Instructional Rationale and Implementation

Lately there has been much attention given to project based learning. Project based learning (PBL) is a powerful way to develop authentic scientific literacy through student engagement with relevant real world applications. The lessons in this supplement revolve around the troubled state of waters in eastern North Carolina. The Neuse River plays an important part in the life of many of our students in Wayne County. Wherever students live, they have some sort of familiar local water resource. Drawing on this experience fosters an affective component to water resources that helps engage students in the learning. Teachers should exercise sound pedagogy by creating a classroom environment which makes aquatic resources relevant to students. PBL is best achieved with a hands on community component which could include a local field trip to a water resource for a macro-invertebrate study ( see Water resources page) or a speaker from a local organization. The teacher could also develop a slideshow to familiarize students with water resources in their geographic area.

The four lessons in this enrichment unit can be taught as standalone lessons. Each is inherently interdisciplinary and incorporates multiple aspects of the identified goals and objectives. A teacher can choose one or more lessons to supplement a water resources unit and cover needed objectives in their preparation. This may be the case in Biology when trying to address goal 5.03. The lessons may also be taught in a cluster as evidenced by the common unit theme of aquatic ecology and the incorporation of the website for the Center for Applied Aquatic Ecology at North Carolina State University. The availability of computers for students is a common problem teacher’s encounter. For this reason, two of the lessons do not require computers and the other two can be conducted with one central source if necessary. Teachers with access to classroom sets of computers can utilize the lessons to their full potential.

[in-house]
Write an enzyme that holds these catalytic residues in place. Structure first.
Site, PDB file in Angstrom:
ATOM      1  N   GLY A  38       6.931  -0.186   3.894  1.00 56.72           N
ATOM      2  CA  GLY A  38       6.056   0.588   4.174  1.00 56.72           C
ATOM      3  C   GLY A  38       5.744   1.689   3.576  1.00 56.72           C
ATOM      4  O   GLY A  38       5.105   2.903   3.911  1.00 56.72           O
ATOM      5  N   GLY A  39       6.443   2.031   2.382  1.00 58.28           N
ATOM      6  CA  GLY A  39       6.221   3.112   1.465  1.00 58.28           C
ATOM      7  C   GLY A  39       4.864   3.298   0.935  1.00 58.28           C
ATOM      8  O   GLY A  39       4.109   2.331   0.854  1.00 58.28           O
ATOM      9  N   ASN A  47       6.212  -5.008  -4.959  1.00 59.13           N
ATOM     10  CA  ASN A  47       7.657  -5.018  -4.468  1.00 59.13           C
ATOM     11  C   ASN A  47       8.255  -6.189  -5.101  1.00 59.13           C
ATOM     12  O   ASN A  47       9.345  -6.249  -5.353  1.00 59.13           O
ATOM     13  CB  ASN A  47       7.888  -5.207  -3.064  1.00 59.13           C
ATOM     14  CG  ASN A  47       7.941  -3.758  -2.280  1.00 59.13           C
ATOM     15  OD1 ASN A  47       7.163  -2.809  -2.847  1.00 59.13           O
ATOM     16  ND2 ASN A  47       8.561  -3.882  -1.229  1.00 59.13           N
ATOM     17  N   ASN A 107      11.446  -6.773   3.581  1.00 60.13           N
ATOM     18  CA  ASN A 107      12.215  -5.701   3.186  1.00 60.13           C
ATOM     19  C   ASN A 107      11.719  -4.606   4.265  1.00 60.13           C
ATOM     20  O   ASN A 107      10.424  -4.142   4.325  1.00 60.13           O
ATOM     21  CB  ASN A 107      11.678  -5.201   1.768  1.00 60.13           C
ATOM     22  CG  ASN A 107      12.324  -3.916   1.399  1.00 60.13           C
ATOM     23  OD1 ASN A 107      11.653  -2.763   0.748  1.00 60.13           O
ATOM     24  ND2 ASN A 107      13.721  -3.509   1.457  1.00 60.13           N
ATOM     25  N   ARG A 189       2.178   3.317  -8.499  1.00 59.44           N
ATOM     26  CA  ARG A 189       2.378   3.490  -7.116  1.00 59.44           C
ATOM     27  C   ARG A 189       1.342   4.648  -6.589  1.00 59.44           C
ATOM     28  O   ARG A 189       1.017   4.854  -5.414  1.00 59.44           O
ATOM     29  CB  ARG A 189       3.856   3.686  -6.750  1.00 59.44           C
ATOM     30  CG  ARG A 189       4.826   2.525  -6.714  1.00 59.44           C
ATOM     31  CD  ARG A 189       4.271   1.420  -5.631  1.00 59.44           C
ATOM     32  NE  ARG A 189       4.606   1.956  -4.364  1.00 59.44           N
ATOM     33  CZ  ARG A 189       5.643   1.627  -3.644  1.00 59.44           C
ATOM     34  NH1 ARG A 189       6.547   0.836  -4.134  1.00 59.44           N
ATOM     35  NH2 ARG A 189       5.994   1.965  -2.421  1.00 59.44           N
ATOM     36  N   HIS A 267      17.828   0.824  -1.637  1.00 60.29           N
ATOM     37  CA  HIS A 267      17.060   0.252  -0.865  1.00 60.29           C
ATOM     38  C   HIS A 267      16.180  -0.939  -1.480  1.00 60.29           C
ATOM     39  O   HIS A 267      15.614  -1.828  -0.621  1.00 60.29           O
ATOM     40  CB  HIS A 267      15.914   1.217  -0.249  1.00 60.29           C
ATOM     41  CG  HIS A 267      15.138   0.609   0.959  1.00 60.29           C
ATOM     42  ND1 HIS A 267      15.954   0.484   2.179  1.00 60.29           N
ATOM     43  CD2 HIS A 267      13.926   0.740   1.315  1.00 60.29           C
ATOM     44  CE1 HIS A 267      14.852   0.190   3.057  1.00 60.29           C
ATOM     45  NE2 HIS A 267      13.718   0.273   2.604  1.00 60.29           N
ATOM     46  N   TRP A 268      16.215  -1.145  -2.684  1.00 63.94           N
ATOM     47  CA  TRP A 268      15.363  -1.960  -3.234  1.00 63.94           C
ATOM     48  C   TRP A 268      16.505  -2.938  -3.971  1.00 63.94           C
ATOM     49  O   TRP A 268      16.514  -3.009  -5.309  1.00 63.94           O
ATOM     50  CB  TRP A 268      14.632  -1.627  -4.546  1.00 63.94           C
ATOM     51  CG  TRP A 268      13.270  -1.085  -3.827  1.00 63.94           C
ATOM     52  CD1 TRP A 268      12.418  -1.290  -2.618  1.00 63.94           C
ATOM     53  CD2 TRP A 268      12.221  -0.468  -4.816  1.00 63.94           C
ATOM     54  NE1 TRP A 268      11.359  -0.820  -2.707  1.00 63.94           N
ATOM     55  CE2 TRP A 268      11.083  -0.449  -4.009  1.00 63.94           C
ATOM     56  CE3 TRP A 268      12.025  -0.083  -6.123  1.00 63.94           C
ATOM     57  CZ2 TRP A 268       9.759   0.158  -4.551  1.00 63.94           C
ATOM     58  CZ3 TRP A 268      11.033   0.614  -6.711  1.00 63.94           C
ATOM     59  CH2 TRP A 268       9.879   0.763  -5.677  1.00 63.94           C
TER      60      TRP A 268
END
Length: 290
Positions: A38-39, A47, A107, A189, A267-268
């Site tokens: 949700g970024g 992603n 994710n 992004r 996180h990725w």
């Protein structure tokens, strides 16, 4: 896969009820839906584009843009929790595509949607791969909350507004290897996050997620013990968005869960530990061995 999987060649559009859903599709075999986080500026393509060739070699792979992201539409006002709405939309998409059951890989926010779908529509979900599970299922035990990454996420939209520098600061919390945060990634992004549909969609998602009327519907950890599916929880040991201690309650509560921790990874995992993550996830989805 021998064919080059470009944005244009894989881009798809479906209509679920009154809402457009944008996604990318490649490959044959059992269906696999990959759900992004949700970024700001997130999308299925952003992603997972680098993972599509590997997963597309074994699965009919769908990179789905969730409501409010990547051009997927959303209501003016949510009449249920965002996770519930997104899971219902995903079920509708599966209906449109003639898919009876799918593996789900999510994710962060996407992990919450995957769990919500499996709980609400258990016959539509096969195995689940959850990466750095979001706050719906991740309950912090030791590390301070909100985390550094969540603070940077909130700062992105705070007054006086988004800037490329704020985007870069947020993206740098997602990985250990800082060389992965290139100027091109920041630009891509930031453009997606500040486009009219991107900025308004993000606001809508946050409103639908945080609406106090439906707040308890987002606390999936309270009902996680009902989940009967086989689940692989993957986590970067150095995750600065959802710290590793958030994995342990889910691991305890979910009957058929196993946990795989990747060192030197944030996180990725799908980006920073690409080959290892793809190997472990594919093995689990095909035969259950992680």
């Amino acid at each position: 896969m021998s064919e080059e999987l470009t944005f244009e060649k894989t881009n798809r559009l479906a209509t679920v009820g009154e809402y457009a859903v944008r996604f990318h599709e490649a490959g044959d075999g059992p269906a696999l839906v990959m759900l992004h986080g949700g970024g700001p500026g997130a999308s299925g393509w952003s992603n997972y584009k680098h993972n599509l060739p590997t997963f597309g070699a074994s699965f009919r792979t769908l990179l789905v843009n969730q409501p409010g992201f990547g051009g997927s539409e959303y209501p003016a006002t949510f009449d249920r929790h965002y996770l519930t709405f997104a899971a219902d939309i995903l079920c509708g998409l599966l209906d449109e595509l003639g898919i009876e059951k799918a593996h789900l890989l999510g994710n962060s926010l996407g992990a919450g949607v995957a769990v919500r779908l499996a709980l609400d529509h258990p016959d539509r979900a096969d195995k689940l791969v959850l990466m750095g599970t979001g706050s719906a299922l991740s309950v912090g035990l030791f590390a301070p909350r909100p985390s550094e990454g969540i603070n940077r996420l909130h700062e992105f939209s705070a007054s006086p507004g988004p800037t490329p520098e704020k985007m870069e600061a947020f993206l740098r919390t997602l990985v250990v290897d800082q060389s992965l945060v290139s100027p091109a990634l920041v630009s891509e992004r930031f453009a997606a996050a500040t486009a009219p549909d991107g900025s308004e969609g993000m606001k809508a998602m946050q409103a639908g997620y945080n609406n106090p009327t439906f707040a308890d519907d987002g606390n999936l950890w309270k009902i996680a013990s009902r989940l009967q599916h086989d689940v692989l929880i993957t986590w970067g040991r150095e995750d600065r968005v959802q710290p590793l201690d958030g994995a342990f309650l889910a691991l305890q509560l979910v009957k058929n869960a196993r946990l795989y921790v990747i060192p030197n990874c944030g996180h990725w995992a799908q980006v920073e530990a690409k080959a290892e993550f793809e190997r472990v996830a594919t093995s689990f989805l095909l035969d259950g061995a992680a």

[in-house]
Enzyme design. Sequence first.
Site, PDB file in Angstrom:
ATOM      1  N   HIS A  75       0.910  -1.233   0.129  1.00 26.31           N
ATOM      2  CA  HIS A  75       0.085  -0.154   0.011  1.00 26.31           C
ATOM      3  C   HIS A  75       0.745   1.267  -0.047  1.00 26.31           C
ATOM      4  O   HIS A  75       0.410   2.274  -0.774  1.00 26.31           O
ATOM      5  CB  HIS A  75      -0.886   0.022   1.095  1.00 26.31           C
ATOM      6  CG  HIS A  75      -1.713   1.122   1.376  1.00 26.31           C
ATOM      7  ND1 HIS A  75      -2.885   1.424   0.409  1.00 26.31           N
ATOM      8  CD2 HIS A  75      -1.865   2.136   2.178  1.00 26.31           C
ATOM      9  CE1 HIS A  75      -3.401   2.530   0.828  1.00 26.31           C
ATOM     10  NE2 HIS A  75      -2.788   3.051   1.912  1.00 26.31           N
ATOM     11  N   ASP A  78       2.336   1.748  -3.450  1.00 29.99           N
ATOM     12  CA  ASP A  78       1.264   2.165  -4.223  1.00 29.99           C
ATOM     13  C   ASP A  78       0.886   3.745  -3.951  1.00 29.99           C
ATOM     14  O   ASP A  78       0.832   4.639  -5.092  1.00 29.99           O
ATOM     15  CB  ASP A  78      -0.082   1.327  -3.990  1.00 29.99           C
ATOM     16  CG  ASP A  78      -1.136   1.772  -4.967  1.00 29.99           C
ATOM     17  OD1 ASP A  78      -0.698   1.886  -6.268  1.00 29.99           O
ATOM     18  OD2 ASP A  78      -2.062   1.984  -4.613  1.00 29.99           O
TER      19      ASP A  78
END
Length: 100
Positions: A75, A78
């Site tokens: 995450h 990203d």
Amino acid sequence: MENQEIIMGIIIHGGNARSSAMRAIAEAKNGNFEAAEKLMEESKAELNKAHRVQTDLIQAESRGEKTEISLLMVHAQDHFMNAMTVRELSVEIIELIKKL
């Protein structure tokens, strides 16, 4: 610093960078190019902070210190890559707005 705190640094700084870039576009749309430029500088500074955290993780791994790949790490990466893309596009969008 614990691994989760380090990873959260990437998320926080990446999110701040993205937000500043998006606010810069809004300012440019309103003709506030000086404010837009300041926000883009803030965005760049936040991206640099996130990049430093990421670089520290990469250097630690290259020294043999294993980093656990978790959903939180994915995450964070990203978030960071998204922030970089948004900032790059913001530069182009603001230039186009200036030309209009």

The lessons flow together and can be covered in six to eight ninety minute classes. If a teacher chooses to fully develop the PBL aspect of the supplemental unit, it would be nice for students to develop a small portfolio of the projects with personal written reflections. The lesson plans were designed with this sort of flexibility in mind. There are many opportunities for extensions that creative teachers can add depending on the needs and abilities of their own students. As classroom teachers, we acknowledged that we rarely use any lesson material we find in the “presented format.” Also, many enrichment lesson plans require multiple time periods and for this reason are of little use in practical application. In our experience, very few teachers have time in their preparations to adopt a whole unit plan and much prefer the flexibility of pulling in material a “lesson at a time.” We hope that the design of this unit will allow for multiple uses and application of the vivid Aquatic Ecology theme, which is made accessible through the resources provided in this project and is of major concern in our 21st century climate of sustainable living. A resource page is included as a start in crafting personalized use of aquatic content in these and other lessons involving water resource education.

For those with a desire for a concentrated unit plan, there is a very rich picture of aquatic content and literacy skill development created with the flow of the entire enrichment unit as presented. The design of this unit uses multidisciplinary lessons to maximize skill development in a minimum of classroom time investment. The unit flow for a teacher planning to implement the entire sequence of lessons would be: station design, real-time water quality, and computer data modeling and water safety. The lessons flow from using the design process to collect data, to interrelating authentic data to find patterns, to advanced modeling and interpretation of data, to examination of how human society is creating aquatic ecology challenges and what those implications are. Collaborative learning is central to each of the lesson designs with multiple styles of communication and group dynamics. The lessons adhere closely to the new appraisal instrument for instruction with the collaborative learning, technology interaction, peer assessment and reflective pieces for students.